In [28]:
a = np.array([[1, 2, 3], [4, 5]])
print(a)
[list([1, 2, 3]) list([4, 5])]

We can make multi-dimensional arrays of ones and zeros by passing a sequence of integers to np.ones() and np.zeros() respectively.

In [29]:
a = np.ones([3, 5])
print(a)
[[1. 1. 1. 1. 1.]
 [1. 1. 1. 1. 1.]
 [1. 1. 1. 1. 1.]]
In [30]:
a = np.zeros([5, 2])
print(a)
[[0. 0.]
 [0. 0.]
 [0. 0.]
 [0. 0.]
 [0. 0.]]

Attributes and methods of arrays

We can get the size (total number of elements) and shape (dimensionality) of an array with the size and shape attributes respectively.

In [31]:
a = np.zeros([5, 2])
print('a.size = {}, a.shape = {}'.format(a.size, a.shape))
a.size = 10, a.shape = (5, 2)

There are a vast number of useful methods built into arrays. You can get a sense of what is available in the online documentation.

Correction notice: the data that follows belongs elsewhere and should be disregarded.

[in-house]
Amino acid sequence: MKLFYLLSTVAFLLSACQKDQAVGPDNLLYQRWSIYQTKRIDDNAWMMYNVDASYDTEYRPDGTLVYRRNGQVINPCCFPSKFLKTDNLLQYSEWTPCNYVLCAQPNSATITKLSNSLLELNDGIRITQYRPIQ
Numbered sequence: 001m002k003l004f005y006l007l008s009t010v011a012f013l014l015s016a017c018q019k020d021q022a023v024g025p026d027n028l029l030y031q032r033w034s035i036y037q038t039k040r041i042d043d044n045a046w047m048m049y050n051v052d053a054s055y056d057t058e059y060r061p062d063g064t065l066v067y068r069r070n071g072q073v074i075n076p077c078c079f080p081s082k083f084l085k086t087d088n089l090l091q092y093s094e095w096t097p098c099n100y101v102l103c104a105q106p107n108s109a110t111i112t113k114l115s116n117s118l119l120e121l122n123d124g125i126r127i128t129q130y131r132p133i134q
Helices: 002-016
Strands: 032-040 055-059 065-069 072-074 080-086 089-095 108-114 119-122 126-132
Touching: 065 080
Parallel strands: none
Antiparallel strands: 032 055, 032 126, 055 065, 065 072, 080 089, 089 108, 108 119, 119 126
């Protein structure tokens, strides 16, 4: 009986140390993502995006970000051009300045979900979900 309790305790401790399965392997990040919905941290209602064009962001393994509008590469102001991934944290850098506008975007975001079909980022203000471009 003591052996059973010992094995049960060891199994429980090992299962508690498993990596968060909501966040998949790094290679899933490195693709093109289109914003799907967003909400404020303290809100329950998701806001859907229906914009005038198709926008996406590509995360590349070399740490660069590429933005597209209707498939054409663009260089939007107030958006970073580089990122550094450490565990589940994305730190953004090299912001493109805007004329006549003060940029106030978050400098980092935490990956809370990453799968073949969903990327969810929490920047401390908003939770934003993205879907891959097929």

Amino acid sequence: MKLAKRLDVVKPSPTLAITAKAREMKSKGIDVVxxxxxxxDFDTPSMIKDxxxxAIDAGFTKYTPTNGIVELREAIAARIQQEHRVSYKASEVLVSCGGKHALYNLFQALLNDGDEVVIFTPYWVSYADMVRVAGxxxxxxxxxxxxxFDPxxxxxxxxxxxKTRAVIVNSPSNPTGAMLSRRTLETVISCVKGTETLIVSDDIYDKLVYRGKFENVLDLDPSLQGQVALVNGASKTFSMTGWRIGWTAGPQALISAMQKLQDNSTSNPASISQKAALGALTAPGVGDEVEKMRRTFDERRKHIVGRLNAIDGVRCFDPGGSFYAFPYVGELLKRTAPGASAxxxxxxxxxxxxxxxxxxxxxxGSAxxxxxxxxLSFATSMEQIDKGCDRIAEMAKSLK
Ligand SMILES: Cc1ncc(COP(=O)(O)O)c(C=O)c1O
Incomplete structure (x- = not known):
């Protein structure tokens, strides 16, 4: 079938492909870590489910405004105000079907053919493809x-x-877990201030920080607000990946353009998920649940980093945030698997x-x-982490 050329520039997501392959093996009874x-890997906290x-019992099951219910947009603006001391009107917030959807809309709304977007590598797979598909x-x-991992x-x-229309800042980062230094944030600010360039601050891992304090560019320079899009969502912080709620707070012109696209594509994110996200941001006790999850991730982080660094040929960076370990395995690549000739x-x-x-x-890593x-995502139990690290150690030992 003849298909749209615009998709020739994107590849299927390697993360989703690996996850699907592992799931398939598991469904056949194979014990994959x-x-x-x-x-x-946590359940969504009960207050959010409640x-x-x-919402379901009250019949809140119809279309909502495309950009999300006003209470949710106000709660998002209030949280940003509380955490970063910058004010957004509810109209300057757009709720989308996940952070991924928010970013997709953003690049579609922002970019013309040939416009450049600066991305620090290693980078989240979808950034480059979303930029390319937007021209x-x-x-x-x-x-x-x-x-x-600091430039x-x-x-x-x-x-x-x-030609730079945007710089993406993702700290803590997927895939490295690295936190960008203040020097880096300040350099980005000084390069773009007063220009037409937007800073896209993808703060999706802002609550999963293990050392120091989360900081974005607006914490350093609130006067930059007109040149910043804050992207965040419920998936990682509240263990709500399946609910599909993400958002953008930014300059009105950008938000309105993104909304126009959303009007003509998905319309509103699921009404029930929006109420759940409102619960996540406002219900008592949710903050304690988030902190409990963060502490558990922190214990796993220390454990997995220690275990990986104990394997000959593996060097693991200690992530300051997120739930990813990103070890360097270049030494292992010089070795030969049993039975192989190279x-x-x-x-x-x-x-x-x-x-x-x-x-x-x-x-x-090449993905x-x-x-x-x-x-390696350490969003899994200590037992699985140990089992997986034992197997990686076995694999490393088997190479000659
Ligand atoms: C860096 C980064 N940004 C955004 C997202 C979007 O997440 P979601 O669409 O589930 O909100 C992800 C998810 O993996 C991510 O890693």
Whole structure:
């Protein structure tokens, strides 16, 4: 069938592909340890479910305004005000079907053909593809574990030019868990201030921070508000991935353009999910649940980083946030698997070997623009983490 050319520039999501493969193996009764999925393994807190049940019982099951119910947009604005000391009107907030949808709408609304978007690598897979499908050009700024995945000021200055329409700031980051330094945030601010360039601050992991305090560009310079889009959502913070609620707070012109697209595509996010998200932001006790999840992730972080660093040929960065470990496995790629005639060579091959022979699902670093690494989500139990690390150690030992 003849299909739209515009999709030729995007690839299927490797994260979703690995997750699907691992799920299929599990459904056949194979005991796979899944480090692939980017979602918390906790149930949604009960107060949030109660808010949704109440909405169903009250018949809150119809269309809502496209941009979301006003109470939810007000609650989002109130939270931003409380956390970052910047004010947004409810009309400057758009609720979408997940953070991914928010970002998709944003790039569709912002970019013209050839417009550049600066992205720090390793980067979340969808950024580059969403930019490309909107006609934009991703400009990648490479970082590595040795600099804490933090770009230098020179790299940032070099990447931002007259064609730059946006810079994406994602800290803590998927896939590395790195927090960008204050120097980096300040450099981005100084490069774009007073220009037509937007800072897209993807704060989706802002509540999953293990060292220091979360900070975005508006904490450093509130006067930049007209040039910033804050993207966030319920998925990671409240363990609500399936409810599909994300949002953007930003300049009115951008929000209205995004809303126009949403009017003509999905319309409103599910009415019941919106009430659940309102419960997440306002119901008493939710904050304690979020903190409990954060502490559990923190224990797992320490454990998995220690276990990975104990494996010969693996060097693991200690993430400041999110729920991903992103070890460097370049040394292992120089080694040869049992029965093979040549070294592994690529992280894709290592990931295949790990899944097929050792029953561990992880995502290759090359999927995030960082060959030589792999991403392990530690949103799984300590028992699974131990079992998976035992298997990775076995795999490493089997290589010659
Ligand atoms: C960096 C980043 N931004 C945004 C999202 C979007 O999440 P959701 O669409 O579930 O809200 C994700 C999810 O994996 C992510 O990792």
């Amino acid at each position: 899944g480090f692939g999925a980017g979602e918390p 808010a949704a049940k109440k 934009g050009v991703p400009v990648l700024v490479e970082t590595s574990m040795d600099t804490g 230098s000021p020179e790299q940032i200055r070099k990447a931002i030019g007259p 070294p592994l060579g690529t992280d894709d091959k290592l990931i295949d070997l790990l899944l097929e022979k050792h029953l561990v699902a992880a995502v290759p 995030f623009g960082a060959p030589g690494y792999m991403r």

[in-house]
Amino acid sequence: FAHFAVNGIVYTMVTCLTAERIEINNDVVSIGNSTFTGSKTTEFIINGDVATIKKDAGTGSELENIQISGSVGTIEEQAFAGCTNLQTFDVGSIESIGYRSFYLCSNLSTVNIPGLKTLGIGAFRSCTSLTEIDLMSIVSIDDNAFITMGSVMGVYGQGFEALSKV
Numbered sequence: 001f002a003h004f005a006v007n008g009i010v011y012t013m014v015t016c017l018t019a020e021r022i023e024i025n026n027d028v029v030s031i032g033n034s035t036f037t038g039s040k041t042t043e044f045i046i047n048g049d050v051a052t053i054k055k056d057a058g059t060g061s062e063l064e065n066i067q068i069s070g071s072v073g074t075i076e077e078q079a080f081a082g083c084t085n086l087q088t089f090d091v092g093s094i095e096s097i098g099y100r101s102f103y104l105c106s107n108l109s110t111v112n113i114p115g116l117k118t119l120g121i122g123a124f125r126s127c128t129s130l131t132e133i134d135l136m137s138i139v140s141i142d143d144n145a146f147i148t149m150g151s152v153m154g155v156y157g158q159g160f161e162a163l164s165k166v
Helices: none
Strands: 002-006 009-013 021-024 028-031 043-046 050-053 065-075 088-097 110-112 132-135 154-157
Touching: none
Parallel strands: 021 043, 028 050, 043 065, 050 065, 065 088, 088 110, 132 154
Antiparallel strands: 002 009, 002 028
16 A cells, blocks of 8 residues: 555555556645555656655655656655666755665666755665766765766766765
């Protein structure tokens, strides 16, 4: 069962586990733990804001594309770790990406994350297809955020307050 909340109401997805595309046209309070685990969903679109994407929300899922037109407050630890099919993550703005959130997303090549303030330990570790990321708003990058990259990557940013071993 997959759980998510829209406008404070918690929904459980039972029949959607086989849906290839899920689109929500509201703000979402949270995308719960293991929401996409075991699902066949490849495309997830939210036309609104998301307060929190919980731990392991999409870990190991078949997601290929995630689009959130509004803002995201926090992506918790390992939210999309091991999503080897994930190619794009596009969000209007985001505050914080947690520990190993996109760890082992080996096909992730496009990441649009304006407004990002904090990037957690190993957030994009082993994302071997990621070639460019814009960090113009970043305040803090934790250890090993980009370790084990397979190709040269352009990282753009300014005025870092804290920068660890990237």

np.min() and np.max() find the minimum and maximum of an array. np.argmin() and np.argmax() find the indices of the minimum and maximum values of an array. These functions can either be accessed through the top-level numpy module with an array as an argument, or as methods of an individual array.

In [32]:
a = np.array([3,78,3,7,3,21,7.1])
print(a)
[ 3.  78.   3.   7.   3.  21.   7.1]
In [33]:
print("minimum of a is {}, occurs at index i = {}".format(a.min(), a.argmin()))
print("maximum of a is {}, occurs at index i = {}".format(a.max(), a.argmax()))
minimum of a is 3.0, occurs at index i = 0
maximum of a is 78.0, occurs at index i = 1

We can sort an array with np.sort(). Note that calling this function as np.sort(a) does not sort the array in place! Rather, it returns a copy of the sorted array. If we call it as a method as a.sort(), then it does sort the array in place.

In [34]:
b = np.sort(a)
print(a)
print(b)
[ 3.  78.   3.   7.   3.  21.   7.1]
[ 3.   3.   3.   7.   7.1 21.  78. ]